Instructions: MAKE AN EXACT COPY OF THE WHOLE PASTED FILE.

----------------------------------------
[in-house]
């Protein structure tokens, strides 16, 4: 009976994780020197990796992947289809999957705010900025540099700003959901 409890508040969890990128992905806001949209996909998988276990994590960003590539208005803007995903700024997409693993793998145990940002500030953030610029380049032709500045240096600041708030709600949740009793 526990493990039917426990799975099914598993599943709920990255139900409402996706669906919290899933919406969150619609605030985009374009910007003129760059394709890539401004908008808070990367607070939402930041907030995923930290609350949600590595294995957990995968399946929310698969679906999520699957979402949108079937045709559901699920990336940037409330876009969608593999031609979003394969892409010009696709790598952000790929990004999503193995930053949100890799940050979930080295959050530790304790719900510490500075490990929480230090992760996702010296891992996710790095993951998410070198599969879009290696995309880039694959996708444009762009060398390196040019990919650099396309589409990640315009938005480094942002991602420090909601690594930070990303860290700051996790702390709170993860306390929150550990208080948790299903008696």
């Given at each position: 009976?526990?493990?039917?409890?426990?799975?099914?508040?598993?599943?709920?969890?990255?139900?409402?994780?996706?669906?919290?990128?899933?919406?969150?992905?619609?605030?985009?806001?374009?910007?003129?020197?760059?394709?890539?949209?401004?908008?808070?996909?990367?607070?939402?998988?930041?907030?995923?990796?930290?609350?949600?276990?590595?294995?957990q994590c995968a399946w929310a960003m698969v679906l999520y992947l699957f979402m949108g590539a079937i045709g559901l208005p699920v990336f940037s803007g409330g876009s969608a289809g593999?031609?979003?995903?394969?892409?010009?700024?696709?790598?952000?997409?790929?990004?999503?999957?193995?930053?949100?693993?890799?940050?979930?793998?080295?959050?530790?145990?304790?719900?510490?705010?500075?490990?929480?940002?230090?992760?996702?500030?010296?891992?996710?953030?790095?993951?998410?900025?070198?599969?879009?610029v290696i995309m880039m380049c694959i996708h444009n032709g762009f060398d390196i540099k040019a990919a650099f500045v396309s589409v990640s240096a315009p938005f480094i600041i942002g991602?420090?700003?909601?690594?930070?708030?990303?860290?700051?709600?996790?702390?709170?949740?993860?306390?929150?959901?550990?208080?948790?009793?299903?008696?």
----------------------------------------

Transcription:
[in-house]
């Protein structure tokens, strides 16, 4: 009976994780020197990796992947289809999957705010900025540099700003959901 409890508040969890990128992905806001949209996909998988276990994590960003590539208005803007995903700024997409693993793998145990940002500030953030610029380049032709500045240096600041708030709600949740009793 526990493990039917426990799975099914598993599943709920990255139900409402996706669906919290899933919406969150619609605030985009374009910007003129760059394709890539401004908008808070990367607070939402930041907030995923930290609350949600590595294995957990995968399946929310698969679906999520699957979402949108079937045709559901699920990336940037409330876009969608593999031609979003394969892409010009696709790598952000790929990004999503193995930053949100890799940050979930080295959050530790304790719900510490500075490990929480230090992760996702010296891992996710790095993951998410070198599969879009290696995309880039694959996708444009762009060398390196040019990919650099396309589409990640315009938005480094942002991602420090909601690594930070990303860290700051996790702390709170993860306390929150550990208080948790299903008696």
């Given at each position: 009976?526990?493990?039917?409890?426990?799975?099914?508040?598993?599943?709920?969890?990255?139900?409402?994780?996706?669906?919290?990128?899933?919406?969150?992905?619609?605030?985009?806001?374009?910007?003129?020197?760059?394709?890539?949209?401004?908008?808070?996909?990367?607070?939402?998988?930041?907030?995923?990796?930290?609350?949600?276990?590595?294995?957990q994590c995968a399946w929310a960003m698969v679906l999520y992947l699957f979402m949108g590539a079937i045709g559901l208005p699920v990336f940037s803007g409330g876009s969608a289809g593999?031609?979003?995903?394969?892409?010009?700024?696709?790598?952000?997409?790929?990004?999503?999957?193995?930053?949100?693993?890799?940050?979930?793998?080295?959050?530790?145990?304790?719900?510490?705010?500075?490990?929480?940002?230090?992760?996702?500030?010296?891992?996710?953030?790095?993951?998410?900025?070198?599969?879009?610029v290696i995309m880039m380049c694959i996708h444009n032709g762009f060398d390196i540099k040019a990919a650099f500045v396309s589409v990640s240096a315009p938005f480094i600041i942002g991602?420090?700003?909601?690594?930070?708030?990303?860290?700051?709600?996790?702390?709170?949740?993860?306390?929150?959901?550990?208080?948790?009793?299903?008696?």